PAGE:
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Educators call for review of vocational subjects in high schools

Published:Monday | June 18, 2012 | 12:00 AM
Jermaine Martin
Sheea Hewan-Brown

One of the country's educators is calling on the Government to abolish some of the traditional vocational subject areas currently being taught in some high schools across the country.

Principal of Institute of Academic Excellence (IAE), Jermaine Martin, who made the call while addressing a Gleaner Editors' Forum at the company's North Street, Kingston, offices last week, said not only have these subjects lost their relevance in today's society, but they have also lost their appeal to students.

"The traditional metalwork and woodwork need to be removed. We need to find different vocational areas that will stimulate the interest of our students. Get rid of them because these things really not working now," Martin urged.

The IAE principal listed photography as one such field that could be included in the school curriculum to replace other traditional vocational subjects.

However, Jamaica Independent School Association (JISA) president, the Reverend Sylvester O'Gilvie, while not in total agreement with his colleague, prescribed a different solution to reach students in the public-school system.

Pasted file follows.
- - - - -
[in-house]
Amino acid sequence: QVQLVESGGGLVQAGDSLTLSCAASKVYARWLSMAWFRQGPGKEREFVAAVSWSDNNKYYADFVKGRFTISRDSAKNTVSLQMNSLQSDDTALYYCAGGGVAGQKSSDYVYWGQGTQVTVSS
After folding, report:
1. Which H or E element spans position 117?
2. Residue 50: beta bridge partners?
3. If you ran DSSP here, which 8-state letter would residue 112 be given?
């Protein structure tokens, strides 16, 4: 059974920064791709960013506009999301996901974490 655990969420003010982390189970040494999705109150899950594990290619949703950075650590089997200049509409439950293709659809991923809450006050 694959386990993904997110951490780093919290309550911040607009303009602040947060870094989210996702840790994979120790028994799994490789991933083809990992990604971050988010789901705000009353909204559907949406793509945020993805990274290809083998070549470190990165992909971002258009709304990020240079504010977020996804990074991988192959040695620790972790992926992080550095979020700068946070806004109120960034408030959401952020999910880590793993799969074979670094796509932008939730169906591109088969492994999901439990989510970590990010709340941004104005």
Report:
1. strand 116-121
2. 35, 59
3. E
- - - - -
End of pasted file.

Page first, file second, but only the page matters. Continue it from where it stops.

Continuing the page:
Don't abolish them

"A lot of the students that we get from the GNAT (Grade Nine Achievement Test) level are those that are more vocationally inclined, so I do not believe that doing away with these subjects would be the way to go.

"What I would do is increase the takings in order to give them further options. In this way, we will be able to reach more of them," stated O'Gilvie, who is also the principal of Undergrad College.

He singled out food and nutrition as a key subject which is relevant, particularly for the nation's tourist industry. He said subjects of this sort must be developed in order to equipped students with skills to compete globally.

In the meantime, principal at Grace Christian Academy, Sheea Hewan-Brown, pointed to the class size in some of the public schools as one of the factors contributing to the failure of boys, especially.

"Boys are more hands-on. They are more interactive; they are more practical. So if your classroom is going to be static because of the class size, there is no room to do anything, then boys will be forced to learn, if they are going to learn any at all.

"If a teacher is not causing a student to learn, they are not teaching, technically speaking. If you have a sea of children to teach, how do you get to each one so you cause each one to want to learn? ... The result in the (public school) system is what it is because real teaching is not going on, real engagement is not going on," she lamented.